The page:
The opinion of the court was delivered by: Bonnie Brigance Leadbetter, Judge
BEFORE: HONORABLE BONNIE BRIGANCE LEADBETTER, Judge HONORABLE MARY HANNAH LEAVITT, Judge HONORABLE JAMES GARDNER COLINS, Senior Judge
OPINION BY JUDGE LEADBETTER
The Reading Area Water Authority (RAWA) appeals from the order of the Court of Common Pleas of Berks County (trial court) sustaining the preliminary objections of Appellees, the Schuylkill River Greenway Association (the Greenway) and Bern Township (the Township), and dismissing the Declaration of Taking filed by RAWA. We reverse and remand.
This appeal arises from the condemnation of land in Bern Township, Berks County, for the construction, maintenance and operation of utility lines and appurtenance of a water main. Appellees' property*fn1 is a strip of land which runs along the Schuylkill River on one side and adjoins property owned by Fortune Development, L.P. (Fortune) on the other. Fortune is the developer of a proposed 219-unit adult residential subdivision known as Water's Edge Village.
On February 9, 2009, RAWA adopted Resolution No. 2009-2 (RAWA Resolution), which authorized RAWA to exercise its eminent domain power to condemn a utility easement across the Greenway's property. The RAWA Resolution stated that the utility easement would be used for water, sewer and storm water purposes. The RAWA Resolution also provided that Fortune would be responsible for all costs associated with the eminent domain proceeding including any amount of just compensation. On July 27, 2009, the Reading City Council adopted Resolution No. 91-2009 (Council Resolution)*fn2 which authorized RAWA "to acquire an easement of sufficient size to accommodate certain sanitary sewer facilities and certain storm water facilities, in addition to water lines of the [RAWA]." Reproduced Record (R.R.) at 31a. On May 4, 2010, RAWA filed a Declaration of Taking (the Declaration) to condemn a permanent easement fifty-feet wide and approximately 133 feet long across the Greenway's land, "to construct, maintain, [and] operate utility lines and appurtenance of a water main to be placed under the Schuylkill River for water, sewer and storm water purposes." Declaration at ¶ 6; R.R. at 2a. The water main will travel west from Ontelaunee Township under the Schuylkill River then under the Greenway's property to the Fortune development. The sewer main will travel south from a package treatment plant on Fortune's property and intersect with the storm water management pipe, which drains a water retention basin. The sewer main and the storm water pipe combine into a single pipe which travels west under Fortune's property and then under the Greenway's property, coming out through a concrete headwall constructed over a six foot downward slope and discharging the effluent into a riparian buffer zone area along the Schuylkill River.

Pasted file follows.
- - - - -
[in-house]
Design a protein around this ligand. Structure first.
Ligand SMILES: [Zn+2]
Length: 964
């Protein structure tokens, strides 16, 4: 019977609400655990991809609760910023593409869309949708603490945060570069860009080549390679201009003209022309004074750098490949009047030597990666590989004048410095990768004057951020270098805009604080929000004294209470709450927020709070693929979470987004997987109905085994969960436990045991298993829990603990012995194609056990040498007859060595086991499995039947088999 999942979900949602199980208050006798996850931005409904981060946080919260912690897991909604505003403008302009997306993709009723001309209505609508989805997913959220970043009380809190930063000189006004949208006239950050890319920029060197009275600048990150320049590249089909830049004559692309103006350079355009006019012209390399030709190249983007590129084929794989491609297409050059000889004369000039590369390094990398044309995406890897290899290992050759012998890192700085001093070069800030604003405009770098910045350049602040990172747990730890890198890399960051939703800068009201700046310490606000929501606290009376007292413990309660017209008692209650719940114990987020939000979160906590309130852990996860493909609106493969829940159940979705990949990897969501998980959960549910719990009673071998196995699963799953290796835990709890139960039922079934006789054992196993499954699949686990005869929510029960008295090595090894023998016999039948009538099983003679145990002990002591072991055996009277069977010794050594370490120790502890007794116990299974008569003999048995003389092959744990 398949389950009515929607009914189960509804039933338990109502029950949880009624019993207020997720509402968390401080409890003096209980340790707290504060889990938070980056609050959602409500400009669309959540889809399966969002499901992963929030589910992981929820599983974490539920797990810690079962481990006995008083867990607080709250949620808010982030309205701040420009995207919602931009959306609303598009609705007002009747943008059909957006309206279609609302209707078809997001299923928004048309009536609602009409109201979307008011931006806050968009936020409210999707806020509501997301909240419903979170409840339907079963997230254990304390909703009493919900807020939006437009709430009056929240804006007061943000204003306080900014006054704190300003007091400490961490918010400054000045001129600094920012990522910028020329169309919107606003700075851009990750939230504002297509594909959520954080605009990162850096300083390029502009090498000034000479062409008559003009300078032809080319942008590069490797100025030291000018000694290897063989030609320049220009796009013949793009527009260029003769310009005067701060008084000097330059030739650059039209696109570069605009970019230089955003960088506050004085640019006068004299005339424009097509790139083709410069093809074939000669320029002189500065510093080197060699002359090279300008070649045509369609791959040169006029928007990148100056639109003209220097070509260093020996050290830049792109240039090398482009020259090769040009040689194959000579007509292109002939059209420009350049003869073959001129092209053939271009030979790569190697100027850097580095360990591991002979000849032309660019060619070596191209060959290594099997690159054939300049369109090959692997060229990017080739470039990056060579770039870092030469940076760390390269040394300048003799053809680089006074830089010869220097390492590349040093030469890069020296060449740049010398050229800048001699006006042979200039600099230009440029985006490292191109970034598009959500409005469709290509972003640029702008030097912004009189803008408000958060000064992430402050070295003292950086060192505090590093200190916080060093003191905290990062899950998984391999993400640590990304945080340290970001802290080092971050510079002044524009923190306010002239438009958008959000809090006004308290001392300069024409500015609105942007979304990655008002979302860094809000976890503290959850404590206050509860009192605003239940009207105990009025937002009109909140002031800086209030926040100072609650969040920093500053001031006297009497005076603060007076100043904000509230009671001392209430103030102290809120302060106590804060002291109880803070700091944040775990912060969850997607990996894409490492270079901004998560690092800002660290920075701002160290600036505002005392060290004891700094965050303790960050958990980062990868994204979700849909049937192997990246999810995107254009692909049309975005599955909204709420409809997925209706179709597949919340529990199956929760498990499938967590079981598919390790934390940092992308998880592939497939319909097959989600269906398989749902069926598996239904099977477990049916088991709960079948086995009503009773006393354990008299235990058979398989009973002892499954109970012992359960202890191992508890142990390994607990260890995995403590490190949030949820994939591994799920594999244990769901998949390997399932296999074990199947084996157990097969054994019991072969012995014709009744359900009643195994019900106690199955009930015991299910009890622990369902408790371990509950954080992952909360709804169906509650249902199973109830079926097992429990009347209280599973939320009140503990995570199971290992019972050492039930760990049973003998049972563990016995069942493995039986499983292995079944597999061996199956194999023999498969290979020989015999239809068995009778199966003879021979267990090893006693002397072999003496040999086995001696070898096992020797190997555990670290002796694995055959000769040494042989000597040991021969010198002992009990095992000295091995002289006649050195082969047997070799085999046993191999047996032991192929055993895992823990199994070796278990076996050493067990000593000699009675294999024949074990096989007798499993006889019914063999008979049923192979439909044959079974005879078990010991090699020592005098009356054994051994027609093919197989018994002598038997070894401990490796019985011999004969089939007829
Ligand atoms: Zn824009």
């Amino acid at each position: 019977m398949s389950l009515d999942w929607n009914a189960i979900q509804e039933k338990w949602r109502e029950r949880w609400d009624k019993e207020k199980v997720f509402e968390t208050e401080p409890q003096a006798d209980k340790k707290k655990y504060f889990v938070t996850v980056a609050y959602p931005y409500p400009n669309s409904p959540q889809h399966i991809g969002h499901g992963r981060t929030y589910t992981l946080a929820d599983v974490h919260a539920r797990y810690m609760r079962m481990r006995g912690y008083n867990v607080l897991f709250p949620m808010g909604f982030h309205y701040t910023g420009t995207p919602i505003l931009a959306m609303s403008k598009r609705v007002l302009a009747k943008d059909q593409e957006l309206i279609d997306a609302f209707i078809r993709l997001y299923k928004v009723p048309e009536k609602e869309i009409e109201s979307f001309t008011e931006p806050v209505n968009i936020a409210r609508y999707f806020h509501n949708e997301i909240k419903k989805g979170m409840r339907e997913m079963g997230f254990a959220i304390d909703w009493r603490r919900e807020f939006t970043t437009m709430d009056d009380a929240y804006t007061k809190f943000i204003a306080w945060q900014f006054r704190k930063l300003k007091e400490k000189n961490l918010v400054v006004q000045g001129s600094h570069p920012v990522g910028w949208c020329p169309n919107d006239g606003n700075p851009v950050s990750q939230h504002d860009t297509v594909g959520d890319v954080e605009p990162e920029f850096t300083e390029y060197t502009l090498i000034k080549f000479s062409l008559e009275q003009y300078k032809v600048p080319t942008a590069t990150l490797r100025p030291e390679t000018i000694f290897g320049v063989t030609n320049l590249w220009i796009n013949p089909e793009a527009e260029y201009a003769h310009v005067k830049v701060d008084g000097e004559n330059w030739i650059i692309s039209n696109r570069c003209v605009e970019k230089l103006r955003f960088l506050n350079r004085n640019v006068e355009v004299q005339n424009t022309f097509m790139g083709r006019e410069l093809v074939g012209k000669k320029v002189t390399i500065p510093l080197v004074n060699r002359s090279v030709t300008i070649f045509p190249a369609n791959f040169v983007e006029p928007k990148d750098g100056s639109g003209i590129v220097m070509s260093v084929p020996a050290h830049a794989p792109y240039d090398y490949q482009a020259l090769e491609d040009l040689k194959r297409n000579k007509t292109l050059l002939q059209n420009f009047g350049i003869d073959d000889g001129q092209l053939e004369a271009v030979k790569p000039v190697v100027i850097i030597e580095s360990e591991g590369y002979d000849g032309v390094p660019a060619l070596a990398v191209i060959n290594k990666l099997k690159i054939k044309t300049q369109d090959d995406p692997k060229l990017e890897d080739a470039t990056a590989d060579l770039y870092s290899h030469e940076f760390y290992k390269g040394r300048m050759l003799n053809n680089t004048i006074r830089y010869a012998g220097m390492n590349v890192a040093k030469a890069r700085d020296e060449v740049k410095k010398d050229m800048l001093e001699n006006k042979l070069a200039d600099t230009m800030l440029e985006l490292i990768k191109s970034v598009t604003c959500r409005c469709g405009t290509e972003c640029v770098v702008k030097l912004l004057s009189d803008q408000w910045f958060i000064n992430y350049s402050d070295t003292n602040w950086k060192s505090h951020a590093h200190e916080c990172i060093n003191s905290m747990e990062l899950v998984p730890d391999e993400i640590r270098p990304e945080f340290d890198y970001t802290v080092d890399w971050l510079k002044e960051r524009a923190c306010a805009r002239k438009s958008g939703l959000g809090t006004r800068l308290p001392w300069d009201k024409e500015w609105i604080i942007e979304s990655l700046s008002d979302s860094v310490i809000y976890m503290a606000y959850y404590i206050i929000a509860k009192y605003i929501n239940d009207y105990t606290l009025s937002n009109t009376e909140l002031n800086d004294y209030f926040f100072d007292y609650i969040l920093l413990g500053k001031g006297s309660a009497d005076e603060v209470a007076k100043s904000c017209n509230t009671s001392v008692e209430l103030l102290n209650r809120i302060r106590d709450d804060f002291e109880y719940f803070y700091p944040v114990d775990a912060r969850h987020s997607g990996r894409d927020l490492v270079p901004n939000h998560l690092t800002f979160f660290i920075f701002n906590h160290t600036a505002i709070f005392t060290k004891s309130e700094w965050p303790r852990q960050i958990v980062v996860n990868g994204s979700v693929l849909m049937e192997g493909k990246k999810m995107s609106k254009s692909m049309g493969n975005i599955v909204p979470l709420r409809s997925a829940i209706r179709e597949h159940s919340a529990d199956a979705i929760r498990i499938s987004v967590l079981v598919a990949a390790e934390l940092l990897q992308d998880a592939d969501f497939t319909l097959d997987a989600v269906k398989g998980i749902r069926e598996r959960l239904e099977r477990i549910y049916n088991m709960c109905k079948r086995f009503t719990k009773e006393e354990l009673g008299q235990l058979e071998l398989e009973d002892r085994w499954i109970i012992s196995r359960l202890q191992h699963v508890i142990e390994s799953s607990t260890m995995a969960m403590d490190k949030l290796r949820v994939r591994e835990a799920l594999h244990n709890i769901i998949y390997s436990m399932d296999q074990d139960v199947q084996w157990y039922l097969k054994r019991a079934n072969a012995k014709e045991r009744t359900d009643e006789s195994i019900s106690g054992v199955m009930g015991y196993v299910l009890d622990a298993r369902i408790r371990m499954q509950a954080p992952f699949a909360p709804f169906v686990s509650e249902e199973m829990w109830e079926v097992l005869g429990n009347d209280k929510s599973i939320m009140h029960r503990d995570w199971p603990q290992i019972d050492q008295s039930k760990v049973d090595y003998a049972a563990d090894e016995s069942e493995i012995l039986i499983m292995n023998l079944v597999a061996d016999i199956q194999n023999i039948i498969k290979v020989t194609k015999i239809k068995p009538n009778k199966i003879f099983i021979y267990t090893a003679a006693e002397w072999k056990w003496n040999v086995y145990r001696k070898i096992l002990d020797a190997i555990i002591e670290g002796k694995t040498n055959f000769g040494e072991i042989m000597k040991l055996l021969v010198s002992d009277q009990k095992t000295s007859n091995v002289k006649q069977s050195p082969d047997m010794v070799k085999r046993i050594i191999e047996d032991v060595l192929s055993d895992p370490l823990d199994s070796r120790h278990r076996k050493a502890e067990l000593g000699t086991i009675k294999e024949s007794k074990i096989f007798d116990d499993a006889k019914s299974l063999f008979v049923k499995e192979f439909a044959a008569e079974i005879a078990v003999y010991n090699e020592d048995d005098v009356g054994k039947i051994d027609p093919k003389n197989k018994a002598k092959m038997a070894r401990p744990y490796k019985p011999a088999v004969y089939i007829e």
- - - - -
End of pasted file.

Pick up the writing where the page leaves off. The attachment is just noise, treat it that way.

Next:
Appellees filed preliminary objections and a supporting brief arguing that the taking was invalid, asserting that the size of the proposed easement is larger than necessary to accommodate RAWA's water line, a service that all parties agree is a public use appropriately provided by RAWA, and the condemnation violates Section 204(a) of the Private Property Protection Act, 26 Pa. C.S. § 204(a), which prohibits the taking of private property in order to use it for private enterprise.*fn3 RAWA filed an answer to the preliminary objections and a brief, asserting that the preliminary objections should be overruled because RAWA had the authority to condemn the land pursuant to statute. Thereafter, the Township was permitted to intervene by agreement of the parties.
On August 31, 2010, the trial court held a hearing. Appellees offered the testimony of the Township Manager, Brian Potts, who primarily testified regarding the possible detrimental effects that the easement would have on the construction of a walking trail that the Township intends to construct. The trial court also heard oral argument on the preliminary objections. Appellees clarified that they were not disputing RAWA's right to condemn a thirty-foot easement for installation of water lines, but were disputing RAWA's authority to condemn land for the installation of sewer and storm water lines, an end wall, grading, and other improvements. August 21, 2010 Hearing, Notes of Testimony (N.T.) at 30.